Benjamin Graham long ago argued that a stock’s value is equivalent to the present value of all future dividends (see time value of money). A discounted cash-flow model is a modification of this classic formula for valuing companies based on the net present value of the cash-flow attributable to the stockholder, and uses net earnings or cash-flow instead of dividends. In this respect it is mathematically identical to the dividend discount model.
Discounted cash-flow models can be solved for a chosen unknown variable (e.g., the ‘correct’ stock price, the implied growth rate or the implied discount rate) by using actual or judgemental inputs for the remaining variables (historic earnings, long bond yield, equity risk premium, terminal growth rate).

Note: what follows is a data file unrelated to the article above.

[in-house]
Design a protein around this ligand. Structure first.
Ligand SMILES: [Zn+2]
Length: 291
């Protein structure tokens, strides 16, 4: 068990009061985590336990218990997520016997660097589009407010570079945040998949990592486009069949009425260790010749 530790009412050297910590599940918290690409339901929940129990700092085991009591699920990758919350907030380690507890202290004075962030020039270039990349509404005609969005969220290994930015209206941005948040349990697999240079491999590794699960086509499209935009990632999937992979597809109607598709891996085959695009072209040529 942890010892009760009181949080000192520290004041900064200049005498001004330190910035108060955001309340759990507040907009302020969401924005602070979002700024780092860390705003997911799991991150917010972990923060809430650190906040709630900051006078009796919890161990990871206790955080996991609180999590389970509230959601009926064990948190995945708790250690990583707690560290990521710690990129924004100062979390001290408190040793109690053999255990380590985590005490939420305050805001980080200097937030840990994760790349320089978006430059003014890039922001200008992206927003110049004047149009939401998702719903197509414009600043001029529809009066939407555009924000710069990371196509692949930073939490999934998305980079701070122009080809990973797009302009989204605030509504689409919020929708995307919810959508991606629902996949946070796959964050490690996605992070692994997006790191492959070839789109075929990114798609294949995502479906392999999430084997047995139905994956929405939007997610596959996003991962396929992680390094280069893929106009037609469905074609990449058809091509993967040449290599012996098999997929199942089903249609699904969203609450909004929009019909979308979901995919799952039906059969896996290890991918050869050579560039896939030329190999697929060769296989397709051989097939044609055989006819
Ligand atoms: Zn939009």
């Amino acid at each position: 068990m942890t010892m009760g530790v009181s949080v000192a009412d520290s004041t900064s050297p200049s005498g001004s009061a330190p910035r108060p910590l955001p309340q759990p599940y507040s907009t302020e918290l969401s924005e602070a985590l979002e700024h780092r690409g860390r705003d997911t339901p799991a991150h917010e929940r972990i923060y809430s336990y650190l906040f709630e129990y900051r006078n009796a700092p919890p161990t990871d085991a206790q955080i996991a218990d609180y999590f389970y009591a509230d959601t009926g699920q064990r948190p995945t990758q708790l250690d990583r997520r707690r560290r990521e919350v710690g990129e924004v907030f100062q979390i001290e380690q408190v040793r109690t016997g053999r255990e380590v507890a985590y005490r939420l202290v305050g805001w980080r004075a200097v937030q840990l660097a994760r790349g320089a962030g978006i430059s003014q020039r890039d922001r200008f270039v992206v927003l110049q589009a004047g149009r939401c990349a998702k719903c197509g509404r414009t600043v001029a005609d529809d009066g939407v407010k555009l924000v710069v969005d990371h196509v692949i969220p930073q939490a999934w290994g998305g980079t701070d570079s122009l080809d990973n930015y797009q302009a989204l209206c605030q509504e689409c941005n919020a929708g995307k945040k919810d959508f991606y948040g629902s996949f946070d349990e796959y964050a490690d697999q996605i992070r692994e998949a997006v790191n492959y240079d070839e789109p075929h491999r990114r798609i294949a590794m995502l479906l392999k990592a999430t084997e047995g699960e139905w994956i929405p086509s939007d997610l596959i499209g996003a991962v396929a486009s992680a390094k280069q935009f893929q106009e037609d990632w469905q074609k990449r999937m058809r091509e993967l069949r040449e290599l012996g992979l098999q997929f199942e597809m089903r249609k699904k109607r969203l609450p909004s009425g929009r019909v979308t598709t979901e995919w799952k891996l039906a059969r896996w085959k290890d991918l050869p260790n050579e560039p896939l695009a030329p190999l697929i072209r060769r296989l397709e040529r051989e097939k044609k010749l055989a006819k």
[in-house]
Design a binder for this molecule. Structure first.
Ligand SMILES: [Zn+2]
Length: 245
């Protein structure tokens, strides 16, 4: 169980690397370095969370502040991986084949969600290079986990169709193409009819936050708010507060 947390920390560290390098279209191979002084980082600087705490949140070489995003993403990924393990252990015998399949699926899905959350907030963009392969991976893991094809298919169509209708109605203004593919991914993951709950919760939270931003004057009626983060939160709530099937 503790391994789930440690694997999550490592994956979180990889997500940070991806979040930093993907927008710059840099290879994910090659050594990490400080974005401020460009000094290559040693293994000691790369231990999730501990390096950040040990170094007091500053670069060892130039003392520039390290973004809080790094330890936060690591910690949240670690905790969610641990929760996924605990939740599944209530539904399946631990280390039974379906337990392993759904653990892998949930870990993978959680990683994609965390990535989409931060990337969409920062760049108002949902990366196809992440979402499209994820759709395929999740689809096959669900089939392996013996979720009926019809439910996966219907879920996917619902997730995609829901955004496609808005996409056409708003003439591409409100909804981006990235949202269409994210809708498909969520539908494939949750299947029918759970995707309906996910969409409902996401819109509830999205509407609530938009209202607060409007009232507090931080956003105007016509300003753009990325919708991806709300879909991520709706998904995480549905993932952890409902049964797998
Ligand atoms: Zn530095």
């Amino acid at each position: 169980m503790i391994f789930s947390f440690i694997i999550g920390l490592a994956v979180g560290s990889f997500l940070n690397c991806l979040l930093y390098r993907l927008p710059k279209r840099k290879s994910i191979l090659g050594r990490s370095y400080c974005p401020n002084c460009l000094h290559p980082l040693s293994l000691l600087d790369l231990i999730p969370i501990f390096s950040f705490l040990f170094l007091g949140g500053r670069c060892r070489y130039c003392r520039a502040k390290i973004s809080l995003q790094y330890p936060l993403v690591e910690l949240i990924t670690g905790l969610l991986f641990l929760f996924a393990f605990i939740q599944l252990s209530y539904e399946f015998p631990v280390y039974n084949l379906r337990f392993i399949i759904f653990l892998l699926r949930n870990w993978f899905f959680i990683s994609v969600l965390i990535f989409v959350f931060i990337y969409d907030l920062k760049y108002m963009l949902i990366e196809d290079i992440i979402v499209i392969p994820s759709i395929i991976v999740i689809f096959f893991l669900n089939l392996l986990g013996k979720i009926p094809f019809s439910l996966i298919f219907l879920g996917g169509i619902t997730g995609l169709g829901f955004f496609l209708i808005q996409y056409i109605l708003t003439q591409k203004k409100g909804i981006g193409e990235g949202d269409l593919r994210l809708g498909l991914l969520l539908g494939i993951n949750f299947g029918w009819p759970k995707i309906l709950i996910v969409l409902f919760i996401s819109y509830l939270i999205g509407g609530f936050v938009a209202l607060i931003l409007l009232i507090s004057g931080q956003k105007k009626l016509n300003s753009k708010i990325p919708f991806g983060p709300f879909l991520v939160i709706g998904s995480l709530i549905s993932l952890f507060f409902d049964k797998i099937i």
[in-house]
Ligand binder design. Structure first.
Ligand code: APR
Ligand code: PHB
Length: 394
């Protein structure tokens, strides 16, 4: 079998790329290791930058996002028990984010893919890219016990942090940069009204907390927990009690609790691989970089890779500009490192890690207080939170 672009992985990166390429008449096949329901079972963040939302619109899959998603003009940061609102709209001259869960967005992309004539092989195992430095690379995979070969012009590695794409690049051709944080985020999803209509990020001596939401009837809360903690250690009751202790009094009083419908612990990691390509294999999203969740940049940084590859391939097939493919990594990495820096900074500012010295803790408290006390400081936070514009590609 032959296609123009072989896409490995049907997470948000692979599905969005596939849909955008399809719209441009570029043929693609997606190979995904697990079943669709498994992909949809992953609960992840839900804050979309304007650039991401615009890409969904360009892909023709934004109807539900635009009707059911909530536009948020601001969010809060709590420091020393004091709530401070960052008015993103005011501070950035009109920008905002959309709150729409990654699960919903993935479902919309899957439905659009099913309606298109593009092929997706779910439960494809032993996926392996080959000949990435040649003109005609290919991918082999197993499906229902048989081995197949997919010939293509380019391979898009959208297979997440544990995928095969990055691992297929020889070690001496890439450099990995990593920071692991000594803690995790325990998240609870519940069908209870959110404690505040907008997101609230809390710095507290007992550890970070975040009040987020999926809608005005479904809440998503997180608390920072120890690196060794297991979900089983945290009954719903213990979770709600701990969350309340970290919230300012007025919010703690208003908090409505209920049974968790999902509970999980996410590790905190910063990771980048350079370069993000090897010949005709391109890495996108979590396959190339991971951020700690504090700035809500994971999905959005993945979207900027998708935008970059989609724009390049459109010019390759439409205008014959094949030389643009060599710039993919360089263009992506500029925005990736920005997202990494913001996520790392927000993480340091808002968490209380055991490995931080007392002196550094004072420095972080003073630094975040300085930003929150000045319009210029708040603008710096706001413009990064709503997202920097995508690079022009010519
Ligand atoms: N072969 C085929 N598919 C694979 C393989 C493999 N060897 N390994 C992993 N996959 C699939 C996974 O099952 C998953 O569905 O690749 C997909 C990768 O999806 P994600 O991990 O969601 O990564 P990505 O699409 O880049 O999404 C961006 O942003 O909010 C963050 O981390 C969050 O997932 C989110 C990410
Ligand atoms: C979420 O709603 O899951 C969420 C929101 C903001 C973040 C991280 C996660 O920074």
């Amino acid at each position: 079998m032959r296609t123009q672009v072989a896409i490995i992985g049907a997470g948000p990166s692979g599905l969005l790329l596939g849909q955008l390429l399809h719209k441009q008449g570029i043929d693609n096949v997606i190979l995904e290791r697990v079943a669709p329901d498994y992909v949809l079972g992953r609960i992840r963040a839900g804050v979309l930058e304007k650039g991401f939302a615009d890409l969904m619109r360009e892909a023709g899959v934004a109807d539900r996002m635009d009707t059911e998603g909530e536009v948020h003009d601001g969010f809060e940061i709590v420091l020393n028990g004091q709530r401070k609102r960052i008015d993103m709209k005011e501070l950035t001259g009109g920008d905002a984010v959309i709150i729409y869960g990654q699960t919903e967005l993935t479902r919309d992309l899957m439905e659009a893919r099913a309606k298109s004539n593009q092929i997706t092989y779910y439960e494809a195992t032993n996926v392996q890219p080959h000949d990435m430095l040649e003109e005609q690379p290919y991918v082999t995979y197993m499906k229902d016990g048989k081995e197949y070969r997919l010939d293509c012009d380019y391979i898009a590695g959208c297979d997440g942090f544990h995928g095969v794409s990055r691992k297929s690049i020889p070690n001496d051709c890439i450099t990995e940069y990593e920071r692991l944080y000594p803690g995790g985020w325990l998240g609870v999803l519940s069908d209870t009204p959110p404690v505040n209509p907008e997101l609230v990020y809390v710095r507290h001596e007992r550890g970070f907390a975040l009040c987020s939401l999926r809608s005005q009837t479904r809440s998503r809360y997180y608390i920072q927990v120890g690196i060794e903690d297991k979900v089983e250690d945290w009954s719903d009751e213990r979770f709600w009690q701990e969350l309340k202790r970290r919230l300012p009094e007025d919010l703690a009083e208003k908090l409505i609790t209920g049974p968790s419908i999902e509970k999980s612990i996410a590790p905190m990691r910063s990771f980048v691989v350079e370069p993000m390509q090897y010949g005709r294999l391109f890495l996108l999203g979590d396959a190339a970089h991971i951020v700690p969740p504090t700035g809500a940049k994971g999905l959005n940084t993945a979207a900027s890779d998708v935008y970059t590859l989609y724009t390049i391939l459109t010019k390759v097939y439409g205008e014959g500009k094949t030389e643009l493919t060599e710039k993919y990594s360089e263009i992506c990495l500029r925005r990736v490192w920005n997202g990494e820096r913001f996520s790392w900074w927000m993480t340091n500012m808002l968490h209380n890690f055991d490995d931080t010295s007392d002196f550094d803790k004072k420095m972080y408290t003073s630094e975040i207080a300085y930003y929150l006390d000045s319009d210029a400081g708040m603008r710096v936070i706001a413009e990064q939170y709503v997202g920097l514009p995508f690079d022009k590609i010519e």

If the model is solved for the implied growth rate, the method is called a ‘reverse DCF’ model. Some analysts claim this approach to be superior, arguing that it demands no earnings forecast. This is casuistry. Such an approach is only of value if the analyst has some independent means of judging whether the implied growth rate is reasonable or not.
In general, however, earnings ought to be preferred over dividends, since retained profits are still owned by the shareholder. The major criticism over pure discount models is that they are highly sensitive to terminal value assumptions – i.e. the long-term earnings growth and discount rate assumptions made beyond the immediate and supposedly more visible future.